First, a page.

From rolling vineyards famed for producing world-class wines to Atlantic beaches, lagoons, historic villages and a cosmopolitan capital, Gironde is a diverse department with something for all, says Caroline Bishop
Cover story It’s hard not to fall in love with Gironde’s irresistible mix of sweeping sandy beaches, rolling vineyards and historic villages
There’s a 16th-century windmill on a hill on the outskirts of a small village deep in EntreDeux-Mers, the triangle of wine country between the Garonne and Dordogne rivers. To sit on one of the millstones and look out over the valley below is to see into the heart of Gironde. Vineyards sweep through undulating fields in neat rows; hawks and the occasional hoopoe sit on telegraph poles; and the ochre roofs of farmhouses are clustered in hamlets that can be seen over the low hills in the distance.
This is the Gironde that many foreigners flock to experience: a rural idyll in south-west France, carpeted with carefully tended vines and dotted with restored châteaux and medieval bastide towns, their central squares hosting weekly markets that fill the air with the smell of sizzling poulet rôti and the chatter of locals.
The weather and its effect on the vines is likely to be a major topic of conversation. Are the grapes developing too slowly after a late spring? Will the harvest be completed before an autumn hailstorm threatens to decimate the vines? Has there been enough sun, or too little rain? It’s no wonder, because this is the largest wineproducing area in France and arguably the most famous and prestigious in the world. These things matter.
The terroir around the cavernous Gironde estuary – the largest in Europe – and the mighty Garonne and Dordogne rivers that feed into it has gifted the department over 120,000 hectares of quality grape-growing land and 10,000 wine producers across six designated regions. The names on the road signs are familiar to everyone – wine buff or not. Not least the capital, Bordeaux, synonymous with the smooth, easydrinking reds of the region. There are the big, prestigious châteaux – Lafite Rothschild in the Médoc, for one – and famous appellations such as Gironde’s smallest and most widely sought-after, Pomerol, and the sweet, rich Sauternes, the wine produced around the town of the same name south-west of the Garonne.
No wonder wine tourism is big business, perhaps nowhere more so than in St-Émilion, the area’s most famous wine village with an extraordinary heritage dating back to the 8th century, when the monk Émilion founded a religious community there. Now UNESCO-protected as much for its medieval architectural treasures as its historic vineyards, it’s a delight to wander through the pretty tertres (narrow, steep, cobbled streets), stopping to tour its numerous caves and eat in its restaurants.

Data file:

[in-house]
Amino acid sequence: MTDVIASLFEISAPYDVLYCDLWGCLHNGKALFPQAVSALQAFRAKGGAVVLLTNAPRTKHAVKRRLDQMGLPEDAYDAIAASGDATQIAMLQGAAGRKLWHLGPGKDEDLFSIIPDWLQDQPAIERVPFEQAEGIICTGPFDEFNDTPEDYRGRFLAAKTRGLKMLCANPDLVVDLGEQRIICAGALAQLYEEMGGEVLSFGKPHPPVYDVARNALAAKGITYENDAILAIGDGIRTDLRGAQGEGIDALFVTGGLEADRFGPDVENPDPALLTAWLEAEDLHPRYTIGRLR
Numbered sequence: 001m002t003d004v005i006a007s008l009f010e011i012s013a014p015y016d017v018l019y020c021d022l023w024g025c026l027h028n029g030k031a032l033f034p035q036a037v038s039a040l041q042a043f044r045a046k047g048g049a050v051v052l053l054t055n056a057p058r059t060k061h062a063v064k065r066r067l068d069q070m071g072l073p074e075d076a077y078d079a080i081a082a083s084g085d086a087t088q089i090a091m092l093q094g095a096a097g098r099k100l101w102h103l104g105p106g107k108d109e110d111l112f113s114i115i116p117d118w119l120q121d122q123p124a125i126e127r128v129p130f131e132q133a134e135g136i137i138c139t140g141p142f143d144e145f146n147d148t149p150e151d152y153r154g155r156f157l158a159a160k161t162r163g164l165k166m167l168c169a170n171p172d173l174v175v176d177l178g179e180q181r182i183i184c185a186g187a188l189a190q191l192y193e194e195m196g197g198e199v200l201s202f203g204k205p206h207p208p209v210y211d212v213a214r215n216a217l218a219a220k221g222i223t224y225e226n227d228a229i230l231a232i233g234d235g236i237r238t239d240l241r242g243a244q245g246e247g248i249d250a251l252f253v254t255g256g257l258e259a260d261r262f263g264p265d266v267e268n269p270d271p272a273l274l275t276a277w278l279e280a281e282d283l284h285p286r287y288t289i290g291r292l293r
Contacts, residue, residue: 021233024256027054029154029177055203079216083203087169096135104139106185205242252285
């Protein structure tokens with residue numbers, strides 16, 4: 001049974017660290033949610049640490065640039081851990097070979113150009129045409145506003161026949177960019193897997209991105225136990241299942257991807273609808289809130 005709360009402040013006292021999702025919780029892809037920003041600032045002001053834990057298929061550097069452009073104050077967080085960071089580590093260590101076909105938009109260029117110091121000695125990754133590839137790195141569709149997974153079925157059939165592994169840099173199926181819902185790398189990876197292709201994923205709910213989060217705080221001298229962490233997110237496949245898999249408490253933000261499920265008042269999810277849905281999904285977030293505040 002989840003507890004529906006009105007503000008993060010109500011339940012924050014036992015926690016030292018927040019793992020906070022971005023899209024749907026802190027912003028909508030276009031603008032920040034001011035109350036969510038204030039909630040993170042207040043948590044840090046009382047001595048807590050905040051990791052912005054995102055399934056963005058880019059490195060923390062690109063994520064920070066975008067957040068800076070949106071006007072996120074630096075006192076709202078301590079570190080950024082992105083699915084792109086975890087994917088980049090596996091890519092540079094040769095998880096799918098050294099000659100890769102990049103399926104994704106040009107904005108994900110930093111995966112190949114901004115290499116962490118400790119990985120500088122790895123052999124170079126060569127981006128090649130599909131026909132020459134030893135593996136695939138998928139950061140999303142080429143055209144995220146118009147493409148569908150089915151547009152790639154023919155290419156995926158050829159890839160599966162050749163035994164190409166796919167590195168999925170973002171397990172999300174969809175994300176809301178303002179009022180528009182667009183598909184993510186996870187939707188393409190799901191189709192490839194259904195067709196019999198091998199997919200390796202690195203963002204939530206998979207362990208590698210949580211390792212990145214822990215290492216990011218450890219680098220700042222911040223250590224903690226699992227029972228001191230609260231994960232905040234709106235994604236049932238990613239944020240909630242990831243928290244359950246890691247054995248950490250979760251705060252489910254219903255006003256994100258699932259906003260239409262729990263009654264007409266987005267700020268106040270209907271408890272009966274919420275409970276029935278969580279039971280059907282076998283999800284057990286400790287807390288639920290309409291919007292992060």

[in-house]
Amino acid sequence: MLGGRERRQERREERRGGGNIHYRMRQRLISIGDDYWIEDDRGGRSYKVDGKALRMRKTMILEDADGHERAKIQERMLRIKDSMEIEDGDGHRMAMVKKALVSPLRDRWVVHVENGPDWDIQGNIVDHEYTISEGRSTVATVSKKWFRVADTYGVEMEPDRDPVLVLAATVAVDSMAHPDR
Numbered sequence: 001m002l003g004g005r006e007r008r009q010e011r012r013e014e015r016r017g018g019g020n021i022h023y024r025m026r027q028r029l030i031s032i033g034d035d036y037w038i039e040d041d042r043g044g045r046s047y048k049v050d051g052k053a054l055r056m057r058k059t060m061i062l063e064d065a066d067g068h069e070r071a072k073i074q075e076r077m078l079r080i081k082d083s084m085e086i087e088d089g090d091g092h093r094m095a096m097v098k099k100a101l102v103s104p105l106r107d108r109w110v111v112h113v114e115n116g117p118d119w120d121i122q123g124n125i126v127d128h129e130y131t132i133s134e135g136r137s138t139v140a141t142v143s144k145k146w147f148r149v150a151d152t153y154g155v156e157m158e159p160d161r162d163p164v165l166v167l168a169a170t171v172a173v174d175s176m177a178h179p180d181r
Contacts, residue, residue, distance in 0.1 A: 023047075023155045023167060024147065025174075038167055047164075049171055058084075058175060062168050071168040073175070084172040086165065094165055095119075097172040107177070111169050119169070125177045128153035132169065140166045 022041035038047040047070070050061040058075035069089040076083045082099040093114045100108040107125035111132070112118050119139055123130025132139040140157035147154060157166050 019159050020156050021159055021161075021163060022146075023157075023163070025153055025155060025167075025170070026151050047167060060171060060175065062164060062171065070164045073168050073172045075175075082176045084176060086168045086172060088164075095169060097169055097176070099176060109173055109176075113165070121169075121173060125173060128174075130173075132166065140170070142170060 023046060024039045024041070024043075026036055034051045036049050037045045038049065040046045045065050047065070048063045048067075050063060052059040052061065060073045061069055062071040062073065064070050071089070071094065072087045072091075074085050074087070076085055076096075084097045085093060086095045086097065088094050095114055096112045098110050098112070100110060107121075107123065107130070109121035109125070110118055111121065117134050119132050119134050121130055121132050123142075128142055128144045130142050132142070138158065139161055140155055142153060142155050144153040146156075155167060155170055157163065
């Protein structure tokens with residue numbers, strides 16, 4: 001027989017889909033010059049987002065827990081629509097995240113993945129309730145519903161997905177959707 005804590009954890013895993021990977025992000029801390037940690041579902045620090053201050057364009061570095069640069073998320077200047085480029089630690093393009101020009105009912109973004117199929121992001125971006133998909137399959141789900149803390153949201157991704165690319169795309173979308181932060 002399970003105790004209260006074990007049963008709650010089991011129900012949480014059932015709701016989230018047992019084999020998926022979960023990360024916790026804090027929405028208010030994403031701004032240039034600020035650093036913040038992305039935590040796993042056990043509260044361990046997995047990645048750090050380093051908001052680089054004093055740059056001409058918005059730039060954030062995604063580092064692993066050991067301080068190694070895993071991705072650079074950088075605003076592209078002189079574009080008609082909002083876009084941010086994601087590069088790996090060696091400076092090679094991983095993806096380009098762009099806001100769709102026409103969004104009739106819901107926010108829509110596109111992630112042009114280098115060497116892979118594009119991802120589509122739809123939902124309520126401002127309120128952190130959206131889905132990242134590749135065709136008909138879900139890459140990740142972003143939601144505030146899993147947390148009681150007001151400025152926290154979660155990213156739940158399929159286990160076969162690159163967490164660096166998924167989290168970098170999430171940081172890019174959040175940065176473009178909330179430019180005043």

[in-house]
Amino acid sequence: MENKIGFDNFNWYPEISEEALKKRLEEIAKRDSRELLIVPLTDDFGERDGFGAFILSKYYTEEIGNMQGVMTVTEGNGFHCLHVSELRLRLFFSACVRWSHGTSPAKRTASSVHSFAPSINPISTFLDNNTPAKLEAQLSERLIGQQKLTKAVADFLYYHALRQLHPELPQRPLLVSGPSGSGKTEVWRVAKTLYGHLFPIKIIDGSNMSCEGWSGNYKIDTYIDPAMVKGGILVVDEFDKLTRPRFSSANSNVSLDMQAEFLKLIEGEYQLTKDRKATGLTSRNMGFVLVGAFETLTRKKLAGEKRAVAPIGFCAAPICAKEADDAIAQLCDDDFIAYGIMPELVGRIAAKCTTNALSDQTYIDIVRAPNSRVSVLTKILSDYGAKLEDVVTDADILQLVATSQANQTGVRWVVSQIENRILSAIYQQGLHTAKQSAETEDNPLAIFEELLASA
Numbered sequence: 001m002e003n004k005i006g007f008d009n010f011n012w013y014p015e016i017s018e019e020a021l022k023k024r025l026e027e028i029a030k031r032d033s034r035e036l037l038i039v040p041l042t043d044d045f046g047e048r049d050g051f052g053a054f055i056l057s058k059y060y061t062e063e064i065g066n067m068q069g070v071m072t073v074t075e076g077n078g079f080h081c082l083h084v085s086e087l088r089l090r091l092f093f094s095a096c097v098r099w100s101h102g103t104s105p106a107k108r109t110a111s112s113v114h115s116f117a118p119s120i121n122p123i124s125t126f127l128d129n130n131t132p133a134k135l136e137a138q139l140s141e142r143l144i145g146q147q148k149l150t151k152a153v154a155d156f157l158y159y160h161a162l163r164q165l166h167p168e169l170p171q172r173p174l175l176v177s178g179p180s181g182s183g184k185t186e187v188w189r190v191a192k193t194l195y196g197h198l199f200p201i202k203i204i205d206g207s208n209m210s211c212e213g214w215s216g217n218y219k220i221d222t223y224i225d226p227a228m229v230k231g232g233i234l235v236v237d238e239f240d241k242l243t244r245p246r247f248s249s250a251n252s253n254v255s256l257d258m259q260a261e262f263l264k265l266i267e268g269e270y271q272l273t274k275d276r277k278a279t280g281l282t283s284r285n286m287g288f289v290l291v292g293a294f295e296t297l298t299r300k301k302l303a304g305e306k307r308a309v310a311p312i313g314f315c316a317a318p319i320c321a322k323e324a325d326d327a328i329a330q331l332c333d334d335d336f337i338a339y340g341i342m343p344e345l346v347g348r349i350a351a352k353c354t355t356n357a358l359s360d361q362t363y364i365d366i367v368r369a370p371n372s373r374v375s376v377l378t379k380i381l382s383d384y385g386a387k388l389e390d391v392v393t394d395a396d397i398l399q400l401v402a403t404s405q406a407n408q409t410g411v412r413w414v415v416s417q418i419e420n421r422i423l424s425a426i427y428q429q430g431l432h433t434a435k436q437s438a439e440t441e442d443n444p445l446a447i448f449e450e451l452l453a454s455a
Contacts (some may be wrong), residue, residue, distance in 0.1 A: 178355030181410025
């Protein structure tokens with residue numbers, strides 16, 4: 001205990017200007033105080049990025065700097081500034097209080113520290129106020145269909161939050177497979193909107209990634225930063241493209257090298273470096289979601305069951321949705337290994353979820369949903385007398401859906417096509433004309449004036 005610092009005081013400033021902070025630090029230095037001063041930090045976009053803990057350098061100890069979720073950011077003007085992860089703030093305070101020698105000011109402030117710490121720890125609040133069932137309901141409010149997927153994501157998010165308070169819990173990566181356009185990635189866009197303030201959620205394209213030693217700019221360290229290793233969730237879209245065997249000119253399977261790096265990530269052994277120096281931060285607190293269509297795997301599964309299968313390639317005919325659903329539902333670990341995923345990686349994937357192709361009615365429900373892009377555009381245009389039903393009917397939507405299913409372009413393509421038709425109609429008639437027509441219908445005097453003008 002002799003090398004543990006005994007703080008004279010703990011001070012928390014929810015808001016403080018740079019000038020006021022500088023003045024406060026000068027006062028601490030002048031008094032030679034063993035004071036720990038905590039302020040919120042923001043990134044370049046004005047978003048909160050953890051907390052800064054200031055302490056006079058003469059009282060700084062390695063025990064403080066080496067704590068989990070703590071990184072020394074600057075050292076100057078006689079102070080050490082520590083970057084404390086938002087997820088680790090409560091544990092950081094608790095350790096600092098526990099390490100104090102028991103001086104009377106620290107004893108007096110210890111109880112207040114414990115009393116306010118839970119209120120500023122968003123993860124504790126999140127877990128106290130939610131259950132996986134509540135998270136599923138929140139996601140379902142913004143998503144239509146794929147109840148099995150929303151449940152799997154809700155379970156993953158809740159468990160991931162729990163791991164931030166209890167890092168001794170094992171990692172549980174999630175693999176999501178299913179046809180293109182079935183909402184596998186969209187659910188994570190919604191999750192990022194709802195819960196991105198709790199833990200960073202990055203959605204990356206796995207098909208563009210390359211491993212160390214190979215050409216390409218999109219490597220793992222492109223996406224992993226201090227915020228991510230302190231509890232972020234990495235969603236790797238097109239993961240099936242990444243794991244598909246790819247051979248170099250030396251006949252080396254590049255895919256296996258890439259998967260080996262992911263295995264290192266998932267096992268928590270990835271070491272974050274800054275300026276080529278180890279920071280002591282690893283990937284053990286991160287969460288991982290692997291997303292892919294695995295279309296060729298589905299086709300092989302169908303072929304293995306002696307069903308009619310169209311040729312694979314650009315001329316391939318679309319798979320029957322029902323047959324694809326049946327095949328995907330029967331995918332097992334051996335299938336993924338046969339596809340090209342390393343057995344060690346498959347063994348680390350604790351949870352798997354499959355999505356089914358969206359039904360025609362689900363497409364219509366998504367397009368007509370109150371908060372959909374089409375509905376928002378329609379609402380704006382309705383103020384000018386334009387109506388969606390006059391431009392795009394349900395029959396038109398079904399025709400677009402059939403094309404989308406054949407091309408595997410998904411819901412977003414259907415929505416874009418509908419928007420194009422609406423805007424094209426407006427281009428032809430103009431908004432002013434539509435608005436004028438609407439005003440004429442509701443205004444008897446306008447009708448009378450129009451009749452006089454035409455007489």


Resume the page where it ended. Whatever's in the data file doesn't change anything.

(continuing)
“The countryside there is beautiful,” says Carol Young, founder of local estate agency Bordeaux Beyond ( bordeauxbeyond.co.uk). “You’ve got all the heritage surrounding wine, so that really does pull in a lot of people. St-Émilion itself is a beautiful village to visit; it’s always busy and bustling.”
Wine may be one of Gironde’s trump cards, but it’s by no means the only thing that has made it one of France’s most popular tourist destinations. In landscape, lifestyle and atmosphere, it’s hugely diverse. For example, less than an hour west of the preserved medieval streets of St-Émilion is the beating heart of modern Gironde, Bordeaux. After a period of decline, its once grime-covered centre has been spruced up in recent years by its mayor, former prime minister Alain Juppé, and it’s now a thriving, cosmopolitan city. There’s the bustling new shopping precinct Promenade Rue Ste-Catherine, the smooth tram system, and the grandiose riverfront where the scrubbed-clean 18th-century facades on Place de la Bourse reflect double in the stunning miroir d’eau (water mirror), created in 2006. Not forgetting the swanky new €81m wine museum, the Cité du Vin, which helped to propel Bordeaux into Lonely Planet’s global list of the top 10 cities to visit in 2017.
Travelling south-west out of Bordeaux reveals a further side to Gironde. Soon, the vineyards give way to kilometres upon kilometres of pine trees in the Landes regional park, ideal for picnicking in the shade when the heat soars in the height of summer. Then the trees part to reveal the lagoon formed by the Bassin d’Arcachon and the long white beaches that sweep up and down the coast, battered by the Atlantic Ocean.
“I think we live in a really diverse department and as a result the people who are coming here are coming for really diverse reasons,” says Carol. “It offers an awful lot of different things. We aren’t simply a rural department or a coastal department; we’ve got a bit of everything going on.”